I want to publicly congratulate Lori Wolff on her new appointment by Gov. Brad Little to be the administrator for the Idaho Division of Human Resources. Lori is currently a deputy director in the Department of Health and Welfare. She has had several very important roles at DHW since she started with the department 18 years ago. We can point to many accomplishments for the people of Idaho that are linked directly back to her vision, guidance, and work, but I’ll highlight just one specifically.
The eligibility process – where someone in crisis must prove income and other requirements for certain benefit programs – historically had been arduous in Idaho and it still is in many states. Because of Lori’s leadership, persistence, expertise, and guidance, Idaho has an eligibility process that is so efficient that people who walk into a DHW office lobby with a need for assistance can often walk back out those doors the same day with a decision and access to those benefits. If a decision cannot be reached the same day, it’s almost always within two days.
The state of Idaho is one of only a few states that streamlines the eligibility process for programs such as food stamps, Medicaid, TANF, and others, so there is no need for someone to be evaluated multiple times for eligibility for each individual program. They are evaluated once, and then can access those services so they can start working toward self-reliance as quickly as possible. In other states, the wait can be up to 30 days.
We will miss Lori at DHW, but I am sure she will be great in her new role at DHR. I am looking forward to seeing the new ways she will have an impact on helping Idahoans live their best lives.
Time to celebrate, but we’re not out of the woods yet
I continue to be encouraged by the COVID-19 numbers we are seeing on our data dashboards. The number of cases is down, statewide percent positivity is relatively flat at under 5 percent, and state-wide hospitalizations are stable. The vaccines are a good match for the variants of concern we know about, and each day more Idahoans are choosing to be vaccinated.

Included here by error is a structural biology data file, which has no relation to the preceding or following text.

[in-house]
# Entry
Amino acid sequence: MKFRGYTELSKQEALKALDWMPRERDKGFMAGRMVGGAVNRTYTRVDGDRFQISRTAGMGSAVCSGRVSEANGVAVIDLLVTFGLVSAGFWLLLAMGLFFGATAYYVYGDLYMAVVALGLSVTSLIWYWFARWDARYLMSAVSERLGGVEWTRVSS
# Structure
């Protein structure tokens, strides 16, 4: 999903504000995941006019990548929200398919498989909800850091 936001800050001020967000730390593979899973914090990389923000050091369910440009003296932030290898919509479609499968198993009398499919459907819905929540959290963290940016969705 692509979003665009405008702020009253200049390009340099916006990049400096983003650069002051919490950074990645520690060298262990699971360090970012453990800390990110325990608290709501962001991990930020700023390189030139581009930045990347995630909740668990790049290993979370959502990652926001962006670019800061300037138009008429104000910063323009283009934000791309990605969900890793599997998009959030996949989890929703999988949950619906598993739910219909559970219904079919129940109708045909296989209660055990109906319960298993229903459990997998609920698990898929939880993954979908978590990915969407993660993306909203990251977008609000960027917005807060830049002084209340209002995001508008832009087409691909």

In addition, Pfizer’s COVID-19 vaccine is now available for 12-15 year-olds, Idaho has been able to loosen up a little and move from Stage 3 to Stage 4, and the Centers for Disease Control and Prevention has issued new guidance for fully vaccinated people that says they can resume activities without wearing a mask that they might have stopped during the pandemic.
As the school year comes to an end, and summer beckons, it’s an exciting time, but it’s also a good time to remember that we are still in the midst of a pandemic. As the virus that causes COVID-19 continues to spread, it continues to change and could mutate into a version that is more contagious and more deadly. I encourage you to continue to follow COVID-19 prevention measures when appropriate, and to consider getting vaccinated if you haven’t already done so. Please discuss any concerns you have about the vaccines with your healthcare provider. I hope you’ll choose to get vaccinated – it really is the best way to protect yourself and others and to reclaim your summer.
Myth: Vaccinated people “shed” proteins onto those who are not vaccinated and cause them to have adverse side effects such as infertility and miscarriages.
Fact: This is completely false. Vaccinated people do not shed any proteins or anything else that might cause infertility or miscarriages.
I hope you all have a safe and healthy weekend.